Jacques Clère

Jacques Clère

Biography of Jacques Clère ( 1825-1919 )

Jacques François Clère received a classical teaching before joining the Fine Arts School at twenty-two in Léon Cogniet’s class. The year after, he started to exhibit at the Salon of French Artists some anecdotal or historical compositions. He gained the Great Prize of Rome in 1855 for his painting Caesar in his barque.

In his paintings we can see the admiration of the young artist for Eugène Delacroix, his turbulent palette and the dynamism of his compositions. Academic painter with precise technique, Clère devoted himself to history painting and portrait, that gave him a large clientele. Among his works, we can note a triptych named Charlotte Corday, exhibited at the 1880’s Salon.

The virtuosity of our painting is flagrant. The drawing is very precise and the line is meticulous. In this painting we can see the attirance of the artist for erudition and historical truth and also for change of scene and Orient.

The scene is taking place in a private room of whom decoration is typical from the Directoire, with rich interlacings, garlands, Antique pilasters and statues. The artist represented one of the most emblematic figure of the Parisian life at the beginning of the 19th century in the person of Madame Germaine de Staël, writer and philosopher. She is sitting on the right from where she can admire the young dancing girl whose features evoque Madame Récamier’s. This scene is typical of Parisian salon, and the artist shows us the shawl dance called Le pas du schall. This danse has been introduced arround the 1800’s in Parisian society and especially to Madame Récamier who was very close friend with Madame de Staël.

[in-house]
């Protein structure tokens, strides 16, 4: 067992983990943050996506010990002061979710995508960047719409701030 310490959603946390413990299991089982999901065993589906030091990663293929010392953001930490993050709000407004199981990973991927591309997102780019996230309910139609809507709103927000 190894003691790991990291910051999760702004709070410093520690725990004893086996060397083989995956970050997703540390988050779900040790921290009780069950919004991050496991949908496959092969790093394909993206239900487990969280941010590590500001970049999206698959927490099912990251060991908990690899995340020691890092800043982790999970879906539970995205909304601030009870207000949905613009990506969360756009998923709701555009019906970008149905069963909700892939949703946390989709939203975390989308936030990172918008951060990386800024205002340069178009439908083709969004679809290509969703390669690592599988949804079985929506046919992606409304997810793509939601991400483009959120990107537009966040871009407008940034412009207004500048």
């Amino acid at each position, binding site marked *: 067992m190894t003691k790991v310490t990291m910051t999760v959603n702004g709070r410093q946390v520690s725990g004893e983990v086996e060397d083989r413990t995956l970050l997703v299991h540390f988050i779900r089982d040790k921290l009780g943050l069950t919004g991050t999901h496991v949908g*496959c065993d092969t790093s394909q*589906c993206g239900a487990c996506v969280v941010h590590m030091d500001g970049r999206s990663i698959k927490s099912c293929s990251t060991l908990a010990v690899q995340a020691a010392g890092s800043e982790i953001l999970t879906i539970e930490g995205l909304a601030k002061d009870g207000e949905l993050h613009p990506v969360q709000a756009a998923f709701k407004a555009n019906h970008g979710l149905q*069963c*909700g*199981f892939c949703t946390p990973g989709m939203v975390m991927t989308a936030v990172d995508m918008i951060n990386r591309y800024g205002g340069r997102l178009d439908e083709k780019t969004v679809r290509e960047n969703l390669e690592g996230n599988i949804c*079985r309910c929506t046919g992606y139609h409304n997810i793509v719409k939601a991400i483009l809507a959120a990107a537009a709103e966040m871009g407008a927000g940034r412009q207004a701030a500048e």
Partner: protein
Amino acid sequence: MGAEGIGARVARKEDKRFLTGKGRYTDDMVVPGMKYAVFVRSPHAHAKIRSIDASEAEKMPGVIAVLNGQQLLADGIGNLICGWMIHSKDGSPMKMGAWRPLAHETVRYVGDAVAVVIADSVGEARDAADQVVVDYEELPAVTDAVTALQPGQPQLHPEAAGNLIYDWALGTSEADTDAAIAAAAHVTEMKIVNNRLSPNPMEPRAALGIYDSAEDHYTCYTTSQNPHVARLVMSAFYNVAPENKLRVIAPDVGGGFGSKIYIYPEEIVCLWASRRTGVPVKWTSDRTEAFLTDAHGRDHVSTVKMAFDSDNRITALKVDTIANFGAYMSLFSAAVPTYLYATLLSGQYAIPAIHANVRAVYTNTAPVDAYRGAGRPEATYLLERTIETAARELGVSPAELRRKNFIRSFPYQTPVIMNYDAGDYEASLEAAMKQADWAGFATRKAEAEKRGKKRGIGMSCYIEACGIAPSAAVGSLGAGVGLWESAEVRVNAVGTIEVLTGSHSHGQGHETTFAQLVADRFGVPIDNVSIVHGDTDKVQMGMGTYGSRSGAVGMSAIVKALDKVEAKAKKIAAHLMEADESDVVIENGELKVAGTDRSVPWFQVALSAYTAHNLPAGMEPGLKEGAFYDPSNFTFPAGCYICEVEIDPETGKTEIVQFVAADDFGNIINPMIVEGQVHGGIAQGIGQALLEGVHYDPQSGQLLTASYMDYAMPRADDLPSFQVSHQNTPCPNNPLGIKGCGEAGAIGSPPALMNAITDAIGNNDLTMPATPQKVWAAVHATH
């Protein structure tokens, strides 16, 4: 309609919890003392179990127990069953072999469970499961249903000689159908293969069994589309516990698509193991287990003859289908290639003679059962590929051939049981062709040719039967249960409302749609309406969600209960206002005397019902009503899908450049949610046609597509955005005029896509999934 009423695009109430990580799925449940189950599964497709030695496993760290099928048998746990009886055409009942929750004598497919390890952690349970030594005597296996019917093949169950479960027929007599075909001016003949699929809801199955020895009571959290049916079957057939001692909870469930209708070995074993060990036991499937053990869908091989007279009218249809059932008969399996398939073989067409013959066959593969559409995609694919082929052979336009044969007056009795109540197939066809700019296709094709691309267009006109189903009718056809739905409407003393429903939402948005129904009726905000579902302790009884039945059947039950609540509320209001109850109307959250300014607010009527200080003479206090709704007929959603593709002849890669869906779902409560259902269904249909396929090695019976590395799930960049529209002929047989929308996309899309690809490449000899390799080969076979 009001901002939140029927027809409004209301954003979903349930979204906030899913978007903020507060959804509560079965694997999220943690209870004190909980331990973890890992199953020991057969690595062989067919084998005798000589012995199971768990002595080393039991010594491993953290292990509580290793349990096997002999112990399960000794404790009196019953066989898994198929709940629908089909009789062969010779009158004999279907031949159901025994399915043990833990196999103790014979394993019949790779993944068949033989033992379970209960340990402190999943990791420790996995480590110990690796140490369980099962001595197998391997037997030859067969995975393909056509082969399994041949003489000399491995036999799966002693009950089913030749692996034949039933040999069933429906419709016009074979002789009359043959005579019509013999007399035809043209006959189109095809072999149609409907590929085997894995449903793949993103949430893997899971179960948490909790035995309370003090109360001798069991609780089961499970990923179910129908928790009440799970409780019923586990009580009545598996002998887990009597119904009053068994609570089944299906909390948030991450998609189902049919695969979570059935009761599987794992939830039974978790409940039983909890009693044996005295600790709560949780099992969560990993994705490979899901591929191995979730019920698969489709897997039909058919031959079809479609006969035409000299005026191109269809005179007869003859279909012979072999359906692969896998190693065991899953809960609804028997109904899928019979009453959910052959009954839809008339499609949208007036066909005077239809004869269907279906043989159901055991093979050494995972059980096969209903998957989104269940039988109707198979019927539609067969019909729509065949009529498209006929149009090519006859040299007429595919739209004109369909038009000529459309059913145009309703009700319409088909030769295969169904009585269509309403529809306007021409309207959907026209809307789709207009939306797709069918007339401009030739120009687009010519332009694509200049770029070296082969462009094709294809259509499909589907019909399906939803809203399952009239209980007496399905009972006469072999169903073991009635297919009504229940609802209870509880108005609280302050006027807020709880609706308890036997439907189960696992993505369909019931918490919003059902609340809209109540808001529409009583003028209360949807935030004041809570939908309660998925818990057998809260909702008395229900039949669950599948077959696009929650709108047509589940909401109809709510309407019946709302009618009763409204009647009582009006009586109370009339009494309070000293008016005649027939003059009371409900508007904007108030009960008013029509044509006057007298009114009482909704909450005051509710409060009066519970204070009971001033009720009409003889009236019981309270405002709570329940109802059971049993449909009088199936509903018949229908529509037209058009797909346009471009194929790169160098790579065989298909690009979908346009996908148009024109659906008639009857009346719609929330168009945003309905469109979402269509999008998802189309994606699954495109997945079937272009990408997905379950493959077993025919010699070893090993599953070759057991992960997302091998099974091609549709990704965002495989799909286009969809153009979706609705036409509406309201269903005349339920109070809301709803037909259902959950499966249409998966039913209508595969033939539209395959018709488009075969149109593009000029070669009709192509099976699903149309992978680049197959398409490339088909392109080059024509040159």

The history of costume teached us that at the end of the XVIIIth century and after Bonaparte’s expedition in Egypt and in Italy, women started to wear on their shoulders a piece of material called by the English word  « shawl ». The word « schall » has been used in 1811 by Chateaubriand and was coming from Indian word « shal ».

The tamburine of the girl wearing a turban brings us to Orient. Her nonchalant attitude and her accessories remind us about some sketches by Ingres.

By the representation of Madame de Staël, the evocation of Chateaubriand and Ingres, this painting is a complete homage to Romanticism and its greatest precursors. 

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75008 Paris, France
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